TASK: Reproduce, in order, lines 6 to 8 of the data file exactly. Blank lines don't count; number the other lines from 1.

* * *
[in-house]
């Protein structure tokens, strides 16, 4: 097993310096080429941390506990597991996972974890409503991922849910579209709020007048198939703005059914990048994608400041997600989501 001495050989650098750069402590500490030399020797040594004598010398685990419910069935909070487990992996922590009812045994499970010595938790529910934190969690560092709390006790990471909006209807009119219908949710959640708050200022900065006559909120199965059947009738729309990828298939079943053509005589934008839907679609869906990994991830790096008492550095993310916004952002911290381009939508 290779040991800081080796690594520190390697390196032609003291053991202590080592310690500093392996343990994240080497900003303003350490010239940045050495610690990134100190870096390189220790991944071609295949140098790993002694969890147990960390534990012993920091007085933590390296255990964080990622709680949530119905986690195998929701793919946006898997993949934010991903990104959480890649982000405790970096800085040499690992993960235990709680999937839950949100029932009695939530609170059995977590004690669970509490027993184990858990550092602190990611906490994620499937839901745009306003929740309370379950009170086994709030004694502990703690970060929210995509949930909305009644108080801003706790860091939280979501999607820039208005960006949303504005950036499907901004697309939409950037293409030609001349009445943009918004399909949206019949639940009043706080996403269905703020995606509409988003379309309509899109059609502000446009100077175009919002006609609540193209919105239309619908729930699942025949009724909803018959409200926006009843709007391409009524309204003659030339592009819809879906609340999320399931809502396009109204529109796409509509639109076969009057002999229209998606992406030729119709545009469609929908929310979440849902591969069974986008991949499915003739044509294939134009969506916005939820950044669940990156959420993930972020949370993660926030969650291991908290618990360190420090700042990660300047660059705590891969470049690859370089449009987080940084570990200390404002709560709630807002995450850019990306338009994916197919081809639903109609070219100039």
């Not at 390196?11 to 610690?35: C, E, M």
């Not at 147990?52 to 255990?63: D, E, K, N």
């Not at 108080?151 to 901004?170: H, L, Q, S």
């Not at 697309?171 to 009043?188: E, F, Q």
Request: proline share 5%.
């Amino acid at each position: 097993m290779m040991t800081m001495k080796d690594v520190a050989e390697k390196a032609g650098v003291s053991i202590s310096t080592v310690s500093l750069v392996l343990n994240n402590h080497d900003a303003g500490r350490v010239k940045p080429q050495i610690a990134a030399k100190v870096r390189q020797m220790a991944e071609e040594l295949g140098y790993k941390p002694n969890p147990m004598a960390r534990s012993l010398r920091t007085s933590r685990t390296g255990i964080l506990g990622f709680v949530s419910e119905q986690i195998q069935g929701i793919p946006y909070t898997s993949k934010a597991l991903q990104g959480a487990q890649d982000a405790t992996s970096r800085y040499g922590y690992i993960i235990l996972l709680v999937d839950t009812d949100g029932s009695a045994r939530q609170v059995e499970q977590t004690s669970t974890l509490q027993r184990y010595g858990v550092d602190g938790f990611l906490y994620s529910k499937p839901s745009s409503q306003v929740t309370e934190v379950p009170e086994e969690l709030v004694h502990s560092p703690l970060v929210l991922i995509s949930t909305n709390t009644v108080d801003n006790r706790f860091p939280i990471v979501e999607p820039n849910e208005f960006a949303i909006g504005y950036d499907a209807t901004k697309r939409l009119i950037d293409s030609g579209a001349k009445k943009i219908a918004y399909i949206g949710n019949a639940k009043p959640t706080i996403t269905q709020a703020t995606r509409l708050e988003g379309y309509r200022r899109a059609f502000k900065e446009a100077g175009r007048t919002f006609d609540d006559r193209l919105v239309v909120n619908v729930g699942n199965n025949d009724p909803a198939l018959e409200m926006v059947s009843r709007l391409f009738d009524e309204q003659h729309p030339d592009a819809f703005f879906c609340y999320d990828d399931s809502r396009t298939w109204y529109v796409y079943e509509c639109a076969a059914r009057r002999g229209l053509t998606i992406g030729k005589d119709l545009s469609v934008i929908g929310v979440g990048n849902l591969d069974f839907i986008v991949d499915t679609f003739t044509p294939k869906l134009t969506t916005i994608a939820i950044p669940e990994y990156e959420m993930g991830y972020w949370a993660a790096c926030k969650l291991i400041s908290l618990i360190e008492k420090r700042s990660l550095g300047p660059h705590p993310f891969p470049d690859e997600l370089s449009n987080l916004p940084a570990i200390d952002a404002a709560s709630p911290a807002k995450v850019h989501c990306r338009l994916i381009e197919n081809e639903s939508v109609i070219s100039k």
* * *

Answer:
């Not at 697309?171 to 009043?188: E, F, Q």
Request: proline share 5%.
């Amino acid at each position: 097993m290779m040991t800081m001495k080796d690594v520190a050989e390697k390196a032609g650098v003291s053991i202590s310096t080592v310690s500093l750069v392996l343990n994240n402590h080497d900003a303003g500490r350490v010239k940045p080429q050495i610690a990134a030399k100190v870096r390189q020797m220790a991944e071609e040594l295949g140098y790993k941390p002694n969890p147990m004598a960390r534990s012993l010398r920091t007085s933590r685990t390296g255990i964080l506990g990622f709680v949530s419910e119905q986690i195998q069935g929701i793919p946006y909070t898997s993949k934010a597991l991903q990104g959480a487990q890649d982000a405790t992996s970096r800085y040499g922590y690992i993960i235990l996972l709680v999937d839950t009812d949100g029932s009695a045994r939530q609170v059995e499970q977590t004690s669970t974890l509490q027993r184990y010595g858990v550092d602190g938790f990611l906490y994620s529910k499937p839901s745009s409503q306003v929740t309370e934190v379950p009170e086994e969690l709030v004694h502990s560092p703690l970060v929210l991922i995509s949930t909305n709390t009644v108080d801003n006790r706790f860091p939280i990471v979501e999607p820039n849910e208005f960006a949303i909006g504005y950036d499907a209807t901004k697309r939409l009119i950037d293409s030609g579209a001349k009445k943009i219908a918004y399909i949206g949710n019949a639940k009043p959640t706080i996403t269905q709020a703020t995606r509409l708050e988003g379309y309509r200022r899109a059609f502000k900065e446009a100077g175009r007048t919002f006609d609540d006559r193209l919105v239309v909120n619908v729930g699942n199965n025949d009724p909803a198939l018959e409200m926006v059947s009843r709007l391409f009738d009524e309204q003659h729309p030339d592009a819809f703005f879906c609340y999320d990828d399931s809502r396009t298939w109204y529109v796409y079943e509509c639109a076969a059914r009057r002999g229209l053509t998606i992406g030729k005589d119709l545009s469609v934008i929908g929310v979440g990048n849902l591969d069974f839907i986008v991949d499915t679609f003739t044509p294939k869906l134009t969506t916005i994608a939820i950044p669940e990994y990156e959420m993930g991830y972020w949370a993660a790096c926030k969650l291991i400041s908290l618990i360190e008492k420090r700042s990660l550095g300047p660059h705590p993310f891969p470049d690859e997600l370089s449009n987080l916004p940084a570990i200390d952002a404002a709560s709630p911290a807002k995450v850019h989501c990306r338009l994916i381009e197919n081809e639903s939508v109609i070219s100039k």